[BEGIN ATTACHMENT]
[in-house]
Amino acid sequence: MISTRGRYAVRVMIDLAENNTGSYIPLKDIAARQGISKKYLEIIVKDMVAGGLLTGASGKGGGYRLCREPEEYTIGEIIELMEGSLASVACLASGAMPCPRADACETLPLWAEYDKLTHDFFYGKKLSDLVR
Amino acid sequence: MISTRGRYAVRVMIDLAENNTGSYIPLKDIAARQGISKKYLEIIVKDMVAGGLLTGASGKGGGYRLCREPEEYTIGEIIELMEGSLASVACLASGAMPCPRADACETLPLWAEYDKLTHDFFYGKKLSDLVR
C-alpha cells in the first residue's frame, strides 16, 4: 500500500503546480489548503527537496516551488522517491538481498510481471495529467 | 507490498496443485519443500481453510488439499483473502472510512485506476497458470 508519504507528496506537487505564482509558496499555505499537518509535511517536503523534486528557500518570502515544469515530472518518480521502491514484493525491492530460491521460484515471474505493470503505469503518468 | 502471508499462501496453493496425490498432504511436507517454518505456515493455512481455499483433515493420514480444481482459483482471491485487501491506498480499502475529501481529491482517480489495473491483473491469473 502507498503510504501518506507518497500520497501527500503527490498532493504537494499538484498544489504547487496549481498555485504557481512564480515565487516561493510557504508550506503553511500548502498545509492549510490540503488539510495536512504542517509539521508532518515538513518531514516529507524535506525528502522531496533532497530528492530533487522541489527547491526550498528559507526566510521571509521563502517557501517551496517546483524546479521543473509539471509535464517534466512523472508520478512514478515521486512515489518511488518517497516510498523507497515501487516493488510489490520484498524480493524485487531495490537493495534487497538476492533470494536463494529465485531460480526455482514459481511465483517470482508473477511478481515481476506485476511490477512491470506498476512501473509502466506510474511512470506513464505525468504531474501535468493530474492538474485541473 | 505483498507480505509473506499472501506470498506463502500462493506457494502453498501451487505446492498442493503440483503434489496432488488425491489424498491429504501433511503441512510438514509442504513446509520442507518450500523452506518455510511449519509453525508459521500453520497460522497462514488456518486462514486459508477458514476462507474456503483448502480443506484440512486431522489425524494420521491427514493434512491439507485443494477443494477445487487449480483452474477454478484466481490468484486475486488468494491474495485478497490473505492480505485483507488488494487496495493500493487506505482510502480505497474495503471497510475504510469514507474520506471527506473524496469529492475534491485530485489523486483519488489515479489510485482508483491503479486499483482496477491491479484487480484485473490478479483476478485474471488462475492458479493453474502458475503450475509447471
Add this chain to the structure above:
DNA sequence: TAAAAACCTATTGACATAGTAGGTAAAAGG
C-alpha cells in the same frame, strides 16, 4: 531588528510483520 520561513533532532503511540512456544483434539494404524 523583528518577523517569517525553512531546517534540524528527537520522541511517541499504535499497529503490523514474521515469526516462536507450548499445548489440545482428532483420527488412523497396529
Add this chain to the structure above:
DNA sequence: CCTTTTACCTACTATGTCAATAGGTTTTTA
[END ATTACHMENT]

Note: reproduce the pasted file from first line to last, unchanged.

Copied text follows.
[in-house]
Amino acid sequence: MISTRGRYAVRVMIDLAENNTGSYIPLKDIAARQGISKKYLEIIVKDMVAGGLLTGASGKGGGYRLCREPEEYTIGEIIELMEGSLASVACLASGAMPCPRADACETLPLWAEYDKLTHDFFYGKKLSDLVR
Amino acid sequence: MISTRGRYAVRVMIDLAENNTGSYIPLKDIAARQGISKKYLEIIVKDMVAGGLLTGASGKGGGYRLCREPEEYTIGEIIELMEGSLASVACLASGAMPCPRADACETLPLWAEYDKLTHDFFYGKKLSDLVR
C-alpha cells in the first residue's frame, strides 16, 4: 500500500503546480489548503527537496516551488522517491538481498510481471495529467 | 507490498496443485519443500481453510488439499483473502472510512485506476497458470 508519504507528496506537487505564482509558496499555505499537518509535511517536503523534486528557500518570502515544469515530472518518480521502491514484493525491492530460491521460484515471474505493470503505469503518468 | 502471508499462501496453493496425490498432504511436507517454518505456515493455512481455499483433515493420514480444481482459483482471491485487501491506498480499502475529501481529491482517480489495473491483473491469473 502507498503510504501518506507518497500520497501527500503527490498532493504537494499538484498544489504547487496549481498555485504557481512564480515565487516561493510557504508550506503553511500548502498545509492549510490540503488539510495536512504542517509539521508532518515538513518531514516529507524535506525528502522531496533532497530528492530533487522541489527547491526550498528559507526566510521571509521563502517557501517551496517546483524546479521543473509539471509535464517534466512523472508520478512514478515521486512515489518511488518517497516510498523507497515501487516493488510489490520484498524480493524485487531495490537493495534487497538476492533470494536463494529465485531460480526455482514459481511465483517470482508473477511478481515481476506485476511490477512491470506498476512501473509502466506510474511512470506513464505525468504531474501535468493530474492538474485541473 | 505483498507480505509473506499472501506470498506463502500462493506457494502453498501451487505446492498442493503440483503434489496432488488425491489424498491429504501433511503441512510438514509442504513446509520442507518450500523452506518455510511449519509453525508459521500453520497460522497462514488456518486462514486459508477458514476462507474456503483448502480443506484440512486431522489425524494420521491427514493434512491439507485443494477443494477445487487449480483452474477454478484466481490468484486475486488468494491474495485478497490473505492480505485483507488488494487496495493500493487506505482510502480505497474495503471497510475504510469514507474520506471527506473524496469529492475534491485530485489523486483519488489515479489510485482508483491503479486499483482496477491491479484487480484485473490478479483476478485474471488462475492458479493453474502458475503450475509447471
Add this chain to the structure above:
DNA sequence: TAAAAACCTATTGACATAGTAGGTAAAAGG
C-alpha cells in the same frame, strides 16, 4: 531588528510483520 520561513533532532503511540512456544483434539494404524 523583528518577523517569517525553512531546517534540524528527537520522541511517541499504535499497529503490523514474521515469526516462536507450548499445548489440545482428532483420527488412523497396529
Add this chain to the structure above:
DNA sequence: CCTTTTACCTACTATGTCAATAGGTTTTTA